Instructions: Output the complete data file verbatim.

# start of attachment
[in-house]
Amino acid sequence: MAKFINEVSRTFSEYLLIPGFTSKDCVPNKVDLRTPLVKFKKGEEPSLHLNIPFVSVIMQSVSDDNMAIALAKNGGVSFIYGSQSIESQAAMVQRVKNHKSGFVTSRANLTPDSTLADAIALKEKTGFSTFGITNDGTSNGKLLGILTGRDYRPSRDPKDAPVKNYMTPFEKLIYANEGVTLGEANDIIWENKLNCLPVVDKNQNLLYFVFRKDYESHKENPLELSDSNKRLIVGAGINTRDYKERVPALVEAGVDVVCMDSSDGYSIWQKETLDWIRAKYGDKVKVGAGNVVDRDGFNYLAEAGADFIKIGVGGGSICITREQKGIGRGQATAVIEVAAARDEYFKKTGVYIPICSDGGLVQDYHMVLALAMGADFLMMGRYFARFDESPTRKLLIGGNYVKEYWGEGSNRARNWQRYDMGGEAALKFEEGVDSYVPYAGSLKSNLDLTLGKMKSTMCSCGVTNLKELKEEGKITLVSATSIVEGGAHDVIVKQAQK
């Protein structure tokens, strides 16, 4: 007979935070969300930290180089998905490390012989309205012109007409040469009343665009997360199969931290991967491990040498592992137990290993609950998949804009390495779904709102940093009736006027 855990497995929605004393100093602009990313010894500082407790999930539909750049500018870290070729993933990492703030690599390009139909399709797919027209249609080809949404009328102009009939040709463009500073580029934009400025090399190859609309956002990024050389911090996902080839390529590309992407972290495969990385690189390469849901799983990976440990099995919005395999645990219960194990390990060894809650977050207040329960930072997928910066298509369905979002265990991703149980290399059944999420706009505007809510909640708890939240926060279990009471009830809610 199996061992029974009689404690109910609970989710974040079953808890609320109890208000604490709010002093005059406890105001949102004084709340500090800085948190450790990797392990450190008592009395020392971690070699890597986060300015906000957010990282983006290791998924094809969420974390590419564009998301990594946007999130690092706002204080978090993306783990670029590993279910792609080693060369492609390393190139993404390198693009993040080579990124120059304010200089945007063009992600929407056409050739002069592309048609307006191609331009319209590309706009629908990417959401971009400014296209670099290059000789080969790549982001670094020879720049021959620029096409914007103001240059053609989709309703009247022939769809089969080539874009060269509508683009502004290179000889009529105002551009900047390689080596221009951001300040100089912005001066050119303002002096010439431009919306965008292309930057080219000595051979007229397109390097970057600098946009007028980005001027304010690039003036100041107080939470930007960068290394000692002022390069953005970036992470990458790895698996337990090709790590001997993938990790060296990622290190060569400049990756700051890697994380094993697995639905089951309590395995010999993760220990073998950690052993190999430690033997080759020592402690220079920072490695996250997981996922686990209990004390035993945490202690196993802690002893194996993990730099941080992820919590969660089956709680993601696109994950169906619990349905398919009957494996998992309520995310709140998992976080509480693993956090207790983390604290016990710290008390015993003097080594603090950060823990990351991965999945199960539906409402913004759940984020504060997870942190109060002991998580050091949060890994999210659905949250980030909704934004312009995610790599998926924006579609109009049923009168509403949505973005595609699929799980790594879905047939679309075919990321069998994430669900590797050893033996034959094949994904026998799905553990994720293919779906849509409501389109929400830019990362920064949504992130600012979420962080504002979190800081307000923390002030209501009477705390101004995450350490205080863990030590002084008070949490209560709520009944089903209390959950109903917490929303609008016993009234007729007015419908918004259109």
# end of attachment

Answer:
[in-house]
Amino acid sequence: MAKFINEVSRTFSEYLLIPGFTSKDCVPNKVDLRTPLVKFKKGEEPSLHLNIPFVSVIMQSVSDDNMAIALAKNGGVSFIYGSQSIESQAAMVQRVKNHKSGFVTSRANLTPDSTLADAIALKEKTGFSTFGITNDGTSNGKLLGILTGRDYRPSRDPKDAPVKNYMTPFEKLIYANEGVTLGEANDIIWENKLNCLPVVDKNQNLLYFVFRKDYESHKENPLELSDSNKRLIVGAGINTRDYKERVPALVEAGVDVVCMDSSDGYSIWQKETLDWIRAKYGDKVKVGAGNVVDRDGFNYLAEAGADFIKIGVGGGSICITREQKGIGRGQATAVIEVAAARDEYFKKTGVYIPICSDGGLVQDYHMVLALAMGADFLMMGRYFARFDESPTRKLLIGGNYVKEYWGEGSNRARNWQRYDMGGEAALKFEEGVDSYVPYAGSLKSNLDLTLGKMKSTMCSCGVTNLKELKEEGKITLVSATSIVEGGAHDVIVKQAQK
């Protein structure tokens, strides 16, 4: 007979935070969300930290180089998905490390012989309205012109007409040469009343665009997360199969931290991967491990040498592992137990290993609950998949804009390495779904709102940093009736006027 855990497995929605004393100093602009990313010894500082407790999930539909750049500018870290070729993933990492703030690599390009139909399709797919027209249609080809949404009328102009009939040709463009500073580029934009400025090399190859609309956002990024050389911090996902080839390529590309992407972290495969990385690189390469849901799983990976440990099995919005395999645990219960194990390990060894809650977050207040329960930072997928910066298509369905979002265990991703149980290399059944999420706009505007809510909640708890939240926060279990009471009830809610 199996061992029974009689404690109910609970989710974040079953808890609320109890208000604490709010002093005059406890105001949102004084709340500090800085948190450790990797392990450190008592009395020392971690070699890597986060300015906000957010990282983006290791998924094809969420974390590419564009998301990594946007999130690092706002204080978090993306783990670029590993279910792609080693060369492609390393190139993404390198693009993040080579990124120059304010200089945007063009992600929407056409050739002069592309048609307006191609331009319209590309706009629908990417959401971009400014296209670099290059000789080969790549982001670094020879720049021959620029096409914007103001240059053609989709309703009247022939769809089969080539874009060269509508683009502004290179000889009529105002551009900047390689080596221009951001300040100089912005001066050119303002002096010439431009919306965008292309930057080219000595051979007229397109390097970057600098946009007028980005001027304010690039003036100041107080939470930007960068290394000692002022390069953005970036992470990458790895698996337990090709790590001997993938990790060296990622290190060569400049990756700051890697994380094993697995639905089951309590395995010999993760220990073998950690052993190999430690033997080759020592402690220079920072490695996250997981996922686990209990004390035993945490202690196993802690002893194996993990730099941080992820919590969660089956709680993601696109994950169906619990349905398919009957494996998992309520995310709140998992976080509480693993956090207790983390604290016990710290008390015993003097080594603090950060823990990351991965999945199960539906409402913004759940984020504060997870942190109060002991998580050091949060890994999210659905949250980030909704934004312009995610790599998926924006579609109009049923009168509403949505973005595609699929799980790594879905047939679309075919990321069998994430669900590797050893033996034959094949994904026998799905553990994720293919779906849509409501389109929400830019990362920064949504992130600012979420962080504002979190800081307000923390002030209501009477705390101004995450350490205080863990030590002084008070949490209560709520009944089903209390959950109903917490929303609008016993009234007729007015419908918004259109």